Dr. Anne E. Cox
Kinesiology/Sport and Exercise Psychology
Pullman, WA 99164
Follow me on Twitter @Annecox21
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At its core, my research is fueled by wanting to help people WANT to move and live an active lifestyle. This type of motivation – the type that makes you really want to move – is referred to as autonomous motivation. The type of autonomous motivation that is most likely to sustain long-term physical activity behaviors is intrinsic motivation. When we are intrinsically motivated to move, we do so for the inherent rewards that come from moving such as enjoying the physical sensations or internal feelings of competence that come with engaging in physical challenges. My perspective is that if you are not intrinsically motivated to move, you simply haven’t been exposed to the right activity or the right physical activity environment.
This has led to my recent interest in the role of mindfulness during physical activity. Mindfulness refers to open, nonjudgmental attention to the here and now and can include mental (e.g., thoughts) and physical (e.g., exertion, muscular sensations) objects of attention. Conceptually, paying attention to one’s current experience while moving seems a necessary prerequisite to actually enjoying being active. We can’t enjoy what we aren’t paying attention to, right? This is in contrast to many of the strategies individuals use to “get through” a workout such as listening to music or watching TV. Our recent research findings support the positive associations of mindfulness of one’s physical experience to intrinsic motivation for a particular bout of physical activity as well as more internal sources of motivation more generally. We are currently investigating how mindfulness during physical activity not only supports more intrinsic motivation but also contributes to a less objectified view of the self, thus improving body image. Please explore our lab website to learn more about what we are doing including our current projects and research blog. You can also listen to my podcast, Moving Mindfully, to learn more about how the research informs our practice.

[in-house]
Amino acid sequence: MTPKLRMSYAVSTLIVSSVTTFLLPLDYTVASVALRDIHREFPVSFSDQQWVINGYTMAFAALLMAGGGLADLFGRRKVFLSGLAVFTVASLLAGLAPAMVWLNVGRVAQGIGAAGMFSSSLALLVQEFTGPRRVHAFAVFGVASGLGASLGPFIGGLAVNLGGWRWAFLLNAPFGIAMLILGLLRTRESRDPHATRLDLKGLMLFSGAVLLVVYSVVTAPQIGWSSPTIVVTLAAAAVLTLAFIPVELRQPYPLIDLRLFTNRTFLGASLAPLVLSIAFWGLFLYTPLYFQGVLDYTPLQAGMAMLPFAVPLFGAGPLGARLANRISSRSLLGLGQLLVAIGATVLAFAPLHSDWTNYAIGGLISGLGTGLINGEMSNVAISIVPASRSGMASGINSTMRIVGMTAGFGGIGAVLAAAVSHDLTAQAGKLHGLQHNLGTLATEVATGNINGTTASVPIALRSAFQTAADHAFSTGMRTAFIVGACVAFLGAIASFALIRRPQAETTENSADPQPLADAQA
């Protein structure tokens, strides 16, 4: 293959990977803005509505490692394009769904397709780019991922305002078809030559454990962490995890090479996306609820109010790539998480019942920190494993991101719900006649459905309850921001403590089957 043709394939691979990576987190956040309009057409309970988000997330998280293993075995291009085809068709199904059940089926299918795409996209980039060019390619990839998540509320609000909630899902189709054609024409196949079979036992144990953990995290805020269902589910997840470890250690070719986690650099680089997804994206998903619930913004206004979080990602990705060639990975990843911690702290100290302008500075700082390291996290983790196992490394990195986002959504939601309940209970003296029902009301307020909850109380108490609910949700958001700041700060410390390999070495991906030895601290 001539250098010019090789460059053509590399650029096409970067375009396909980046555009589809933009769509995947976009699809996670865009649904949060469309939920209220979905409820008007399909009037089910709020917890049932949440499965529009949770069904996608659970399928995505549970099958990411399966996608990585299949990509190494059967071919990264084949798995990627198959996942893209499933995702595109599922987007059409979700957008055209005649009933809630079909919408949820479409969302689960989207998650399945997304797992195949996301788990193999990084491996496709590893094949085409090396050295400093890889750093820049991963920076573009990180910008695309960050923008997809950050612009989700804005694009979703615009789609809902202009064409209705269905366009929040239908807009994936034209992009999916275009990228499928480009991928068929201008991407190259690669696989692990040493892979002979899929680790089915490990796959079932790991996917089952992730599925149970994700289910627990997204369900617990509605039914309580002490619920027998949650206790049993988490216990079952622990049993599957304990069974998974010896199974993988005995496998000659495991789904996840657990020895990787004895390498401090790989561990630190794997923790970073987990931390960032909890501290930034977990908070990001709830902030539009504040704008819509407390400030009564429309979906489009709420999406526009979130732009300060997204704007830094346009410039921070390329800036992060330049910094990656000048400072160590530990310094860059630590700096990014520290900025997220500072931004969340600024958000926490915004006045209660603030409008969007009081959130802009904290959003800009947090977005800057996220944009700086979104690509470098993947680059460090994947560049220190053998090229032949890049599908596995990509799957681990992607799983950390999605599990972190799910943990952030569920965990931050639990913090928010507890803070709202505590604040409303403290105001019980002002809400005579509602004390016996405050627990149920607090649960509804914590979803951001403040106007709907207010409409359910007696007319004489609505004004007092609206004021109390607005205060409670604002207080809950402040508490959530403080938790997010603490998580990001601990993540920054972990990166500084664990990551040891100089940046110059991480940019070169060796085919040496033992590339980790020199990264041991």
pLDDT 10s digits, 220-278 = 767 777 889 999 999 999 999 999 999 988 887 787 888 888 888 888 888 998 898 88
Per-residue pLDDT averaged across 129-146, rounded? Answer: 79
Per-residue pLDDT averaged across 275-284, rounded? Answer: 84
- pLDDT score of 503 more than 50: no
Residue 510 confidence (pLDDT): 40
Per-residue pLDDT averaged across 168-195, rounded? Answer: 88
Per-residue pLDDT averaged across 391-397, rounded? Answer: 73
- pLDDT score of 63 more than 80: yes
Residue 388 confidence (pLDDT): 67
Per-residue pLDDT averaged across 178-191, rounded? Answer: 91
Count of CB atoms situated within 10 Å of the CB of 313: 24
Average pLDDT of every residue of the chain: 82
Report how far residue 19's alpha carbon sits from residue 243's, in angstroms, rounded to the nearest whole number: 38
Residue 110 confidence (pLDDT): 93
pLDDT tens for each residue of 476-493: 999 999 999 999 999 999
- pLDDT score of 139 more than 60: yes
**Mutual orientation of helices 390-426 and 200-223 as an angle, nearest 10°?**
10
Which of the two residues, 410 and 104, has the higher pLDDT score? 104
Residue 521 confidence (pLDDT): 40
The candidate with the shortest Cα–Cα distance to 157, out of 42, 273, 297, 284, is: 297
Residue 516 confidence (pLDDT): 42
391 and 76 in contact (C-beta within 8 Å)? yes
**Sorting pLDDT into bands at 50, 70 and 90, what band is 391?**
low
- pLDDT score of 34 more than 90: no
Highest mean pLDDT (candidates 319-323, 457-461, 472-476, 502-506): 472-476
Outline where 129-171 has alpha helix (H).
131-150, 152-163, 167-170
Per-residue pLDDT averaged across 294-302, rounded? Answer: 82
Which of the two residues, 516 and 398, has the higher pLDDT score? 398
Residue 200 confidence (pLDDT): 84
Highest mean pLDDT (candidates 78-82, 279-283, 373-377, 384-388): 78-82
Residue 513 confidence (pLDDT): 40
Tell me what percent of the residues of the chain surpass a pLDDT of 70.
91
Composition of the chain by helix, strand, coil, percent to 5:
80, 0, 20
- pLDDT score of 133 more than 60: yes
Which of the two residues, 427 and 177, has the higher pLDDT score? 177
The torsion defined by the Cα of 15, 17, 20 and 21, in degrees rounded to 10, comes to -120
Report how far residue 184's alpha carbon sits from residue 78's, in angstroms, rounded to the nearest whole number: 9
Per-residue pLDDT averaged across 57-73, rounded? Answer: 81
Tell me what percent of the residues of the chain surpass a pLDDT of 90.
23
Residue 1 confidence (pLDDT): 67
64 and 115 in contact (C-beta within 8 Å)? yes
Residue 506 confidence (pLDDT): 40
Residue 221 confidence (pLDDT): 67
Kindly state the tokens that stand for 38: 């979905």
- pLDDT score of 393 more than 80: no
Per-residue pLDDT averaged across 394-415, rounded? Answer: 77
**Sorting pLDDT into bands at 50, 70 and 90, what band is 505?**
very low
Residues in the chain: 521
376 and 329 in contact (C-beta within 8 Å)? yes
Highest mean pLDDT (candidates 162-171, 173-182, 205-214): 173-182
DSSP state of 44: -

Psychology of Physical Activity Laboratory
Smith Gym 213-A
Department of Kinesiology and Educational Psychology
Washington State University
Pullman, WA 99164